Hy-Vee has banned customers from bringing reusable bags to the store in part because of requests from customers worried the bags could spread the coronavirus, Hy-Vee spokeswoman Christina Gayman told Grocery Dive. The company has been taking steps to help keep employees and shoppers safe and took the feedback from its customers into account in deciding to disallow use of the bags, she said in an interview. “Many customers have requested us not to allow them at this time,” Gayman said. “We’re doing our very best to protect all of our customers and employees, [so] this is the direction we decided to go in.”
New Hampshire’s governor on Saturday issued an emergency order that directs retailers to use single-use plastic or paper bags until the outbreak ends. Meanwhile, the Massachusetts Food Administration has asked the state to suspend local ordinances prohibiting plastic bag use.
- The Food Industry Association (FMI) says that while it is unclear if reusable bags can transmit the coronavirus, “reusable bags and totes can become unsanitary and a vehicle for cross-contamination if not properly cared for. Many of these bags are not designed with food safety in mind and can be a challenge to clean appropriately.”
Hy-Vee’s decision to temporarily ban shoppers from bringing reusable bags into its stores comes as grocers are taking steps to demonstrate their commitment to keeping their customers and employees safe during the coronavirus outbreak. Grocery stores have remained open even as most other businesses have shuttered, and as the outbreak worsens chains will face increasing pressure to prevent the virus's spread while also making sure consumers get essential goods.
Gayman said that Hy-Vee banned reusable bags to ensure that its bagging areas are not contaminated by the virus. While some shoppers wash their bags, “we can’t guarantee this across the board,” she told Grocery Dive.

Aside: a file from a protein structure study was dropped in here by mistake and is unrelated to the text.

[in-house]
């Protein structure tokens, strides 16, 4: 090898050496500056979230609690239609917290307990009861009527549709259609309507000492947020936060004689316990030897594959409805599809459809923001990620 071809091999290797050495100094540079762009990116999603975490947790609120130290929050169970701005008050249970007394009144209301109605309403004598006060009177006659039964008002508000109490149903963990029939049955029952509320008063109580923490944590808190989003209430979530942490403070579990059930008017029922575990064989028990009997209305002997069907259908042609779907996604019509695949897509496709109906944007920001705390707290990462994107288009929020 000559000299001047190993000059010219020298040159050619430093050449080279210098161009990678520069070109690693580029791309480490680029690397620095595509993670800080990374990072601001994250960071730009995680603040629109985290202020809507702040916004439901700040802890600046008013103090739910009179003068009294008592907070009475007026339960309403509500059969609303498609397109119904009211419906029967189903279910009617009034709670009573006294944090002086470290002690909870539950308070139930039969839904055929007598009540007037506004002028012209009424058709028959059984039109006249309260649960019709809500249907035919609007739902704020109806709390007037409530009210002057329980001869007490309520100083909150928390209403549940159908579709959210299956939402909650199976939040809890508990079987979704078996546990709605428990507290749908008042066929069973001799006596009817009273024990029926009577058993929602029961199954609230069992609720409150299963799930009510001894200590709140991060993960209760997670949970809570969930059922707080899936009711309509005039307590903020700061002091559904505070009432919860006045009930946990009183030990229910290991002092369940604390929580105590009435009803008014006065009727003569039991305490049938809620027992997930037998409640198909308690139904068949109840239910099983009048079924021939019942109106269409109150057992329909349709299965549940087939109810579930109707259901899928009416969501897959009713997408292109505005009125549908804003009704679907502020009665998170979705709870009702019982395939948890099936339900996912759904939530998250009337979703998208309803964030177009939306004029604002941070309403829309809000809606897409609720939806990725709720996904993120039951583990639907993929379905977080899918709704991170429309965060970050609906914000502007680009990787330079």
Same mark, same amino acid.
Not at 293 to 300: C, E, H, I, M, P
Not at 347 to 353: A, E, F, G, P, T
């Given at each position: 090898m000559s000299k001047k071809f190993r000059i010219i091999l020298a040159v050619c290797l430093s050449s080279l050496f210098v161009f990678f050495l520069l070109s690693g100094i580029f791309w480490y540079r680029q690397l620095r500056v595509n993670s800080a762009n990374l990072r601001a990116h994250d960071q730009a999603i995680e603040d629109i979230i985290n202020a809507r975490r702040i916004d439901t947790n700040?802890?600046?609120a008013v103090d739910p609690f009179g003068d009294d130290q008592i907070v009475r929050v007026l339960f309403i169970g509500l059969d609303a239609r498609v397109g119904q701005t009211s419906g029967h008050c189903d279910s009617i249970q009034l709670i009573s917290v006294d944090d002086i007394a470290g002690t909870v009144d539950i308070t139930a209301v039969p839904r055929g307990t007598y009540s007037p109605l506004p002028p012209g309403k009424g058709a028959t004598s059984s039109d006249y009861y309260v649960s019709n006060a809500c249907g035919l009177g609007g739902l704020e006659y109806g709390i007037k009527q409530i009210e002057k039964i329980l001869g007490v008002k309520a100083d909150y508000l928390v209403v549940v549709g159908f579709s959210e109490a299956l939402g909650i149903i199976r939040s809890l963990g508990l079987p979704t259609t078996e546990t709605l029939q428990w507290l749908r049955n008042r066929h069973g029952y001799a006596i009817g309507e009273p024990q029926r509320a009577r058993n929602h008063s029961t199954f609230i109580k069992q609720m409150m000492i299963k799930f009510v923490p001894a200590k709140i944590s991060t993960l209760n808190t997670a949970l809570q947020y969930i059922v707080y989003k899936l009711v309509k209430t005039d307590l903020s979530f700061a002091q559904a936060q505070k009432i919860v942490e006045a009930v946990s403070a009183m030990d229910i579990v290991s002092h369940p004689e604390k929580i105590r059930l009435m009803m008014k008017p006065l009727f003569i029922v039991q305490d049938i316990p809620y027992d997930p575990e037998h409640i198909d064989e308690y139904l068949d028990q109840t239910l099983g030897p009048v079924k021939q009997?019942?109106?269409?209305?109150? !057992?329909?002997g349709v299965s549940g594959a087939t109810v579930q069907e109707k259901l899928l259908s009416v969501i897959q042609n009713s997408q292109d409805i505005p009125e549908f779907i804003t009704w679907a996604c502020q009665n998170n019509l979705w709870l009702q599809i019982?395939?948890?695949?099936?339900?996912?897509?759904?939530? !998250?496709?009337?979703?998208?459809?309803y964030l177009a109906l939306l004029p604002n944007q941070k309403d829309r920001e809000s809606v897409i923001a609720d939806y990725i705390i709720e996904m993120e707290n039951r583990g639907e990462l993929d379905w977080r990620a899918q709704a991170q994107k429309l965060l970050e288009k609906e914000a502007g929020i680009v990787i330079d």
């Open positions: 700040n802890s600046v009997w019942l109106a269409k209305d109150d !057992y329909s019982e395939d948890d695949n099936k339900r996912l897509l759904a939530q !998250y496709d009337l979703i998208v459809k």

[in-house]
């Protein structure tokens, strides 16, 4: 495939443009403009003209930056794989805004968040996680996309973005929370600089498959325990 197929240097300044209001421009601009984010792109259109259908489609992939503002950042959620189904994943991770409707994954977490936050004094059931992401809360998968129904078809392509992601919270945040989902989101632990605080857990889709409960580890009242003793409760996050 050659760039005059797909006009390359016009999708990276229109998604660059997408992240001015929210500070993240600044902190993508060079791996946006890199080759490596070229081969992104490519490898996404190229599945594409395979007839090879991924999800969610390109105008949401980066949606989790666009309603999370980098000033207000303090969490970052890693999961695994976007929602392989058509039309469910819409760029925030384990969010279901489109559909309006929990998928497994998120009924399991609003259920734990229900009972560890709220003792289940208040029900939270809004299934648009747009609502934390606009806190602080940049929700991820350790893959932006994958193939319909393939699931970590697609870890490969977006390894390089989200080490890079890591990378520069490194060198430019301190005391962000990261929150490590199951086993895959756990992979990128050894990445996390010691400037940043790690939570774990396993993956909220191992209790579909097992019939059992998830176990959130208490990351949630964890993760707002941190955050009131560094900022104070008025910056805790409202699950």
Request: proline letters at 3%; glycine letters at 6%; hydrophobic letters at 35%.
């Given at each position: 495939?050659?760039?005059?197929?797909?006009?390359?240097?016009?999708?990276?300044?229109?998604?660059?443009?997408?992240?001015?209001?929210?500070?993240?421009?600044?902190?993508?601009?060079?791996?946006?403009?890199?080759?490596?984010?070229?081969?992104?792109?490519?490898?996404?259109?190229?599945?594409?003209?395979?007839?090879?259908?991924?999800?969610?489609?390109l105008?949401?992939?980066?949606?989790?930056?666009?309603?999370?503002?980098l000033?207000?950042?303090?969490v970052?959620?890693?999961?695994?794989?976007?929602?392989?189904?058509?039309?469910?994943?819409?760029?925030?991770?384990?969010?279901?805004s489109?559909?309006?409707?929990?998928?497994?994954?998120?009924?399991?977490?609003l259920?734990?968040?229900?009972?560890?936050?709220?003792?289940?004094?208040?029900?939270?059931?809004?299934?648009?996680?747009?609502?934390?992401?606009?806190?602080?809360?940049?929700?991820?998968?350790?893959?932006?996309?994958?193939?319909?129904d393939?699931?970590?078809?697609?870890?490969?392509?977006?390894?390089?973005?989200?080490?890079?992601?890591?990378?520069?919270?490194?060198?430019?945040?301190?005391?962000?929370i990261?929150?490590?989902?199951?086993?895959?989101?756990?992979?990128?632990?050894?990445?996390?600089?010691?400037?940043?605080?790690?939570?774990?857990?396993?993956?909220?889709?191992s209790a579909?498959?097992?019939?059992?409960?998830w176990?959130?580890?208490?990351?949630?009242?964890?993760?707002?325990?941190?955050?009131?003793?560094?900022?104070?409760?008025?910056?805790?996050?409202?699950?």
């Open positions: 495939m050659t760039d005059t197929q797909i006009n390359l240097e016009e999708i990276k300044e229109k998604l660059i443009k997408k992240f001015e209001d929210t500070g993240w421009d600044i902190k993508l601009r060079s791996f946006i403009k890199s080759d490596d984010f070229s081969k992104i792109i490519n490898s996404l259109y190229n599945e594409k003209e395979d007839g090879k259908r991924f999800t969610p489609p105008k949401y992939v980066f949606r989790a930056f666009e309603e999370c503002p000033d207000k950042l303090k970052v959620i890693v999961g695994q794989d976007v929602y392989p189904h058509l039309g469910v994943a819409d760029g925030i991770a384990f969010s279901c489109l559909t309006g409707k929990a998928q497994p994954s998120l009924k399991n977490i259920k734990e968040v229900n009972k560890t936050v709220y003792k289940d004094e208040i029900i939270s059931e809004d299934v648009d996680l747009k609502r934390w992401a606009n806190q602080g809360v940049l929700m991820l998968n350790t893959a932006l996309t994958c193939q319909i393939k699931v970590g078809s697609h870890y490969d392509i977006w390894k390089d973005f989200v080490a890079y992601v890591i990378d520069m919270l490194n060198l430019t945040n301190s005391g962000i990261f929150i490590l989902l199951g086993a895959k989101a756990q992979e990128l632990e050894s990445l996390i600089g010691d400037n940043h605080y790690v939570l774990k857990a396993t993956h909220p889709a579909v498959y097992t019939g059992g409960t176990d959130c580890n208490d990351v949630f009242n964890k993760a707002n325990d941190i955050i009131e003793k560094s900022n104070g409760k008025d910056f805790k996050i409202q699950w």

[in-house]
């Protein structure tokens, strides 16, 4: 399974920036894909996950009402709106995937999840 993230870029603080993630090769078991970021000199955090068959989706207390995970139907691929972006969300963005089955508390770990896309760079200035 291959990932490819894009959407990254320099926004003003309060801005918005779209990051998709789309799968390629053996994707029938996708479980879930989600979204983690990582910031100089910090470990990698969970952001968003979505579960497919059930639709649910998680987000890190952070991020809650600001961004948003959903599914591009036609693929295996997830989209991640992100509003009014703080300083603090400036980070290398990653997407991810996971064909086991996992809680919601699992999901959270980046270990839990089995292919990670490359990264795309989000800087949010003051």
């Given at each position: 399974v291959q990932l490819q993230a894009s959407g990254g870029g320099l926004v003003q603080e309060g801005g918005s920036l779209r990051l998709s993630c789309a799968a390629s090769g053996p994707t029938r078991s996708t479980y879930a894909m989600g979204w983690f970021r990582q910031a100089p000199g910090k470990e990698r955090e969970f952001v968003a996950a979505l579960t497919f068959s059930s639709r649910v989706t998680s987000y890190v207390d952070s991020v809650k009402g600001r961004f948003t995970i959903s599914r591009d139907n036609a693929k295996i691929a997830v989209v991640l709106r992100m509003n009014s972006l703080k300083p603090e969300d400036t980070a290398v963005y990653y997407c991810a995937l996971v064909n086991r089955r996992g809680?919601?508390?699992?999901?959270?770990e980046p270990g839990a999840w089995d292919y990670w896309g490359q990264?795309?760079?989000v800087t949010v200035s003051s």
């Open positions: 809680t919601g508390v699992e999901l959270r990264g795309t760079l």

Hy-Vee’s decision to ban the reusable bags comes as several states that have banned plastic bags have delayed their enforcement. Eight states have enacted laws that prohibit stores from using disposable plastics bags, according to the National Conference of State Legislators.
New York state has delayed enforcement of its plastic bag measure until May 15 due to the outbreak, the New York Daily News reported. Meanwhile, Maine has delayed enforcement of its plastic bag ban until Jan. 15, 2021, according to the Natural Resources Council of Maine.
Maryland legislators are considering a measure to block the use of plastic bags, with the House of Delegates approving it earlier this month, according to the Washington Post.
Like a growing number of supermarkets, Hy-Vee has been implementing a number of other measures to protect shoppers and workers from the virus. The company is adding plexiglass barriers at checkout counters to separate customers and cashiers, and announced last week that it would no longer accept returns of non-perishable products because it cannot track them after they leave the store.